Join Hackaday Editor-in-Chief Elliot Williams and Staff Writer Dan Maloney as they review the top hacks for the week. It was a real retro-fest this time, with a C64 built from (mostly) new parts, an Altoids Altair, and learning FPGAs via classic video games. We also looked at LCD sniffing to capture data from old devices, reimagined the resistor color code, revisited the magic of Polaroid instant cameras, and took a trip down television’s memory lane. But it wasn’t all old stuff — there’s flat-packing a sphere with math, spraying a fine finish on 3D printed parts, a DRM-free label printer, and a look at what’s inside that smartphone in your pocket — including some really weird optics.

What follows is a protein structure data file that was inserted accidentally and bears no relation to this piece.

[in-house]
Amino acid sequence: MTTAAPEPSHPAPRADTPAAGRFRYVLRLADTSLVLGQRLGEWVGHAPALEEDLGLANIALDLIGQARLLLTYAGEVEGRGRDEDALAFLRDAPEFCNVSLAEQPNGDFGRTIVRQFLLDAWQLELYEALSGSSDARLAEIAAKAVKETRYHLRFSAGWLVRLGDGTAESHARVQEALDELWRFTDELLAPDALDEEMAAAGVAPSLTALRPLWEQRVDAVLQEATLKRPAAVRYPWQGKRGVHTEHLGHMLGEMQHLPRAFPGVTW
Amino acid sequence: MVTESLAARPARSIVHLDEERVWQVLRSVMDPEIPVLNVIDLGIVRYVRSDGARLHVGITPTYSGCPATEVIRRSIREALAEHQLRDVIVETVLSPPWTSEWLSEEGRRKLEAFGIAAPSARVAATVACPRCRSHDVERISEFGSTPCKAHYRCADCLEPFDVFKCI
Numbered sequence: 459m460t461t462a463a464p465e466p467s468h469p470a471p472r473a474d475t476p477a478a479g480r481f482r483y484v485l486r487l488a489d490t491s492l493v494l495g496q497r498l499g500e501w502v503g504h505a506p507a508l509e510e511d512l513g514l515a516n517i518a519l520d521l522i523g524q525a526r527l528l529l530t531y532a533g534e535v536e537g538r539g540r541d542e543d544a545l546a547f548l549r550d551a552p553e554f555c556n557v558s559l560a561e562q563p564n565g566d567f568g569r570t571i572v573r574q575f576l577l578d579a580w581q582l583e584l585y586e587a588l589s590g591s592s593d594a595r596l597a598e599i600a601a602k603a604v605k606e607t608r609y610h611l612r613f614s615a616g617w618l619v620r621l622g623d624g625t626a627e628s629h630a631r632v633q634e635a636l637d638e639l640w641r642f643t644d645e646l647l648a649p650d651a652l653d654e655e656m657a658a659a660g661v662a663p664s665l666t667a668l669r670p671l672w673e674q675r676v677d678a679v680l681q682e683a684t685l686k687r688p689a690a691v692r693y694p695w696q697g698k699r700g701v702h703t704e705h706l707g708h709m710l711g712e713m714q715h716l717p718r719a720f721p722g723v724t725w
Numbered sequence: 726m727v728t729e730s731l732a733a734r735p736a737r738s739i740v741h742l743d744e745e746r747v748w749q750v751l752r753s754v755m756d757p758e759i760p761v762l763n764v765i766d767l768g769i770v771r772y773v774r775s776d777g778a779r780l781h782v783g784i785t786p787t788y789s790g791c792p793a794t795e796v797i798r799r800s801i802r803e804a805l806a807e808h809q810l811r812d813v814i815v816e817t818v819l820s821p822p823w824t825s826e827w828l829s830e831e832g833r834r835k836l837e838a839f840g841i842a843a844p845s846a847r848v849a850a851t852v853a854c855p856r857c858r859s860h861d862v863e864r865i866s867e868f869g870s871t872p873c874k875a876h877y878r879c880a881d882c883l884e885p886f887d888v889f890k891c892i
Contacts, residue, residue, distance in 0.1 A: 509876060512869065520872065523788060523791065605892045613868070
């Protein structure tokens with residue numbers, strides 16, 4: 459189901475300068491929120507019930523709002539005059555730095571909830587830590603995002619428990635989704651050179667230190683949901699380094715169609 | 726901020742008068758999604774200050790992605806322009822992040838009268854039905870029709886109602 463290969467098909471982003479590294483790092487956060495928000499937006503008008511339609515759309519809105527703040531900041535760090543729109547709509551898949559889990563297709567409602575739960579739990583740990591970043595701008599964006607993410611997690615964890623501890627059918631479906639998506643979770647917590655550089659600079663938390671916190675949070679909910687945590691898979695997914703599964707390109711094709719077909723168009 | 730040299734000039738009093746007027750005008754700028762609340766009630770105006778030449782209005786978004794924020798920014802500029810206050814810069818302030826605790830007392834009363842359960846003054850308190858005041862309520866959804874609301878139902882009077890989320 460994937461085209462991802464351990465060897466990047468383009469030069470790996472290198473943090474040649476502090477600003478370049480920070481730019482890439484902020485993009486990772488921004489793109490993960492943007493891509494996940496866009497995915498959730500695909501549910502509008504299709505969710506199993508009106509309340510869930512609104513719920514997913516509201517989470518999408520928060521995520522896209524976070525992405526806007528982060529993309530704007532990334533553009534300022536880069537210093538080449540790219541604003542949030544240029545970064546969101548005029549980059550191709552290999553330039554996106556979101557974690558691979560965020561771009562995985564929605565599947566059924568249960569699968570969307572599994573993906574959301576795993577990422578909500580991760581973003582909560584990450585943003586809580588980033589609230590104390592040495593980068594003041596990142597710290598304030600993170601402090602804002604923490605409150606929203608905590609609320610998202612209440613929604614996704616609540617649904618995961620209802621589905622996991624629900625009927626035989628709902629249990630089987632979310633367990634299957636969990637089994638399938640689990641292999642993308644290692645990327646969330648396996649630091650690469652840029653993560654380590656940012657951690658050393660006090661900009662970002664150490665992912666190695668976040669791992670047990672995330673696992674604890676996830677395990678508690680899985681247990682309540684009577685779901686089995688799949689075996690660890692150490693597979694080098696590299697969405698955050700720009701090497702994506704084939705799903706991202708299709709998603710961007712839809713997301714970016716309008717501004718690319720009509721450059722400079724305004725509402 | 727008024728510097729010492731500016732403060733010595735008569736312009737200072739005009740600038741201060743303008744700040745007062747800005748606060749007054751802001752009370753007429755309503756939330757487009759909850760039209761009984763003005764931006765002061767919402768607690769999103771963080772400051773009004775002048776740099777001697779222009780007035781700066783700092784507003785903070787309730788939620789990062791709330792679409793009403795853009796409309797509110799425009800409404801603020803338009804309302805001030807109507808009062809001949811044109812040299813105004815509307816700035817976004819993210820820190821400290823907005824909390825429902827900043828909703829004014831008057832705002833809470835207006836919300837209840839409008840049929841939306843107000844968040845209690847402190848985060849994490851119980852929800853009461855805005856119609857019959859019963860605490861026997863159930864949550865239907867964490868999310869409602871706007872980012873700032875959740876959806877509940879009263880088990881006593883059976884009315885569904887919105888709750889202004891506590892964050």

Check out the links below if you want to follow along, and as always, tell us what you think about this episode in the comments below!
Episode 167 Show Notes:
News This Week:
- We couldn’t come up with anything. But at times like these, no news is good news!
What’s that Sound?
- Have a listen to the secret sound in this week’s episode. If you can figure out what device it comes from, or even if you just want to take a wild guess, enter here!
Interesting Hacks of the Week:
- Will MiSTer Fool You Into Learning FPGAs?
- A (Nearly All) New Commodore 64
- This Spherical Lamp’s Pieces Ship Flat, Thanks To Math
- All The Sticky Labels You Could Ever Need: No DRM, Just Masking Tape
- Theory, Practice, And Ducted Fans
Retrotechtacular: How Television Worked In The 1950s
- Reddy Kilowatt, the unofficial “Retrotechtacular” mascot
- Elliot’s Picks:
- Dan’s Picks: